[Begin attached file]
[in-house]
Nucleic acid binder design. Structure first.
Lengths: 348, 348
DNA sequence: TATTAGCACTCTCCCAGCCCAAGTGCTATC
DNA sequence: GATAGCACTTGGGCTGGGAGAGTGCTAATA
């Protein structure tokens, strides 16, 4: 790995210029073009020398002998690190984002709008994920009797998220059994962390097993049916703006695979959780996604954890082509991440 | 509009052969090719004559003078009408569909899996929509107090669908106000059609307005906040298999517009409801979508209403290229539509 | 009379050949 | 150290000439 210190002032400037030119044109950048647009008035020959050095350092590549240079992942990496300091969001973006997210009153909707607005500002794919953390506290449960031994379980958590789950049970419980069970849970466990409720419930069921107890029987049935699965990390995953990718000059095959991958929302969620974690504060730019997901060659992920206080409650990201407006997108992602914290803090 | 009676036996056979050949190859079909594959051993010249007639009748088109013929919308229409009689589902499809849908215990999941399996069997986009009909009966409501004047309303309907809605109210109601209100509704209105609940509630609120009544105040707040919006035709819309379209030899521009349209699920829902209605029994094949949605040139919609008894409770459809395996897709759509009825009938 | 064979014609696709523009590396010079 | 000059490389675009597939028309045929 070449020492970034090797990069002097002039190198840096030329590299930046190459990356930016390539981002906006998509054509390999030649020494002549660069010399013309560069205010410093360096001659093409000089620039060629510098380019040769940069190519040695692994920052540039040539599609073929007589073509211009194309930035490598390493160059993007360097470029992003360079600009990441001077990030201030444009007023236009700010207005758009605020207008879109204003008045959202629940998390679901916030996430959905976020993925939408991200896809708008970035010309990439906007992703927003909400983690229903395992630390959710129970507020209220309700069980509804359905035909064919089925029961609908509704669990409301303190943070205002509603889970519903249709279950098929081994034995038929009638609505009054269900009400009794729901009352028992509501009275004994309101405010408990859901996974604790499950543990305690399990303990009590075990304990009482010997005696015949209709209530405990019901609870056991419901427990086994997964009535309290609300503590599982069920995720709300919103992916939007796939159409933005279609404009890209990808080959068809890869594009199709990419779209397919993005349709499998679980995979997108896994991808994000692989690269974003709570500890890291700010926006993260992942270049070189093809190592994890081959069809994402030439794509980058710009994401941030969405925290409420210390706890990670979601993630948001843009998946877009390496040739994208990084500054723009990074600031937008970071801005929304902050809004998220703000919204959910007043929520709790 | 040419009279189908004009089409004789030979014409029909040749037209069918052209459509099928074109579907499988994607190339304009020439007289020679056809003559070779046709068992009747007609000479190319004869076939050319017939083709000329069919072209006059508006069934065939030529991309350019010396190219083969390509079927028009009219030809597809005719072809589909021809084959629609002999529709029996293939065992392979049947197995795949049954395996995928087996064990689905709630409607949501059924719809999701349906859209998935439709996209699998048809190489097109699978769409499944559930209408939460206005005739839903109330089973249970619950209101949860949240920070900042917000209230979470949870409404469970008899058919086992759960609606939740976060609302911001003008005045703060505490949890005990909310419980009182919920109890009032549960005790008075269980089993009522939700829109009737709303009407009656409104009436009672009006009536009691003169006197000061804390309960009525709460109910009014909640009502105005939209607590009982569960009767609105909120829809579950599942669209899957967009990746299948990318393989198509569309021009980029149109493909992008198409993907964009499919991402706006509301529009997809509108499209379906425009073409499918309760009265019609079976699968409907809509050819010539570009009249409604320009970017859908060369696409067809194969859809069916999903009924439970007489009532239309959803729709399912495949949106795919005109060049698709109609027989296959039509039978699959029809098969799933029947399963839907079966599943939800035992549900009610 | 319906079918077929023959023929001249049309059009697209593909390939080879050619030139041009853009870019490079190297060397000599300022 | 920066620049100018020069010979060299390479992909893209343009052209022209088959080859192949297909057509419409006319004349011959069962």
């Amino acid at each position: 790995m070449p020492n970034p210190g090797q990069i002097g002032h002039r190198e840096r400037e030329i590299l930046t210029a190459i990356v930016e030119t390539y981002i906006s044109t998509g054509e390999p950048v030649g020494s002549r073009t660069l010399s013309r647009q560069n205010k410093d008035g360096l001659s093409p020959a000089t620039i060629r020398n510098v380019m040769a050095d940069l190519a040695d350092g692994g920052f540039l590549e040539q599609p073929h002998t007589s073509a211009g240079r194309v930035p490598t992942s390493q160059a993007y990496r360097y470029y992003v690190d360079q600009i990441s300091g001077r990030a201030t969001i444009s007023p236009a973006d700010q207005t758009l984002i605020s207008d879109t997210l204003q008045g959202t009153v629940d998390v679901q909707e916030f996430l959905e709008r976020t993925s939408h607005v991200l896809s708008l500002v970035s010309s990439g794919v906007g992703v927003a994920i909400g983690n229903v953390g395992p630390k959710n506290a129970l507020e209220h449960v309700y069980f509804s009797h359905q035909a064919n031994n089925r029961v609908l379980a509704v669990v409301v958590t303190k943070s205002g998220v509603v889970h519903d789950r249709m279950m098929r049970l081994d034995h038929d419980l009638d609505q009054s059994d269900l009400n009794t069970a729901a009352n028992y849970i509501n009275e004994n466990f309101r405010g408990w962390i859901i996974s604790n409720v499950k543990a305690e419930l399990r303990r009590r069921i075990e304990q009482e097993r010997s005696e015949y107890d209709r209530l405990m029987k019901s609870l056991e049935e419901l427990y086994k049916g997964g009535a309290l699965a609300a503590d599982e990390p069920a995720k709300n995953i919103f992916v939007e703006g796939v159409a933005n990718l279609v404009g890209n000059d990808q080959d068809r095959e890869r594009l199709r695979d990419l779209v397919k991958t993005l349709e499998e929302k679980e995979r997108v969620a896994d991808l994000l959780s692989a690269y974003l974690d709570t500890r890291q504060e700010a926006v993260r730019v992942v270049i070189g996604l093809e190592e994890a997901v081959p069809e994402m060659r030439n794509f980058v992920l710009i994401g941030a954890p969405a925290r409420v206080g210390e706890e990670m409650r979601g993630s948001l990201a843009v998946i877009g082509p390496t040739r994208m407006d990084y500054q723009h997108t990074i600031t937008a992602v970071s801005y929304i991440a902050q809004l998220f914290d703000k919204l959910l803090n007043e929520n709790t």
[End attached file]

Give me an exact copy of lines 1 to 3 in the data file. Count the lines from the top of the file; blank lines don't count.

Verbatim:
[in-house]
Nucleic acid binder design. Structure first.
Lengths: 348, 348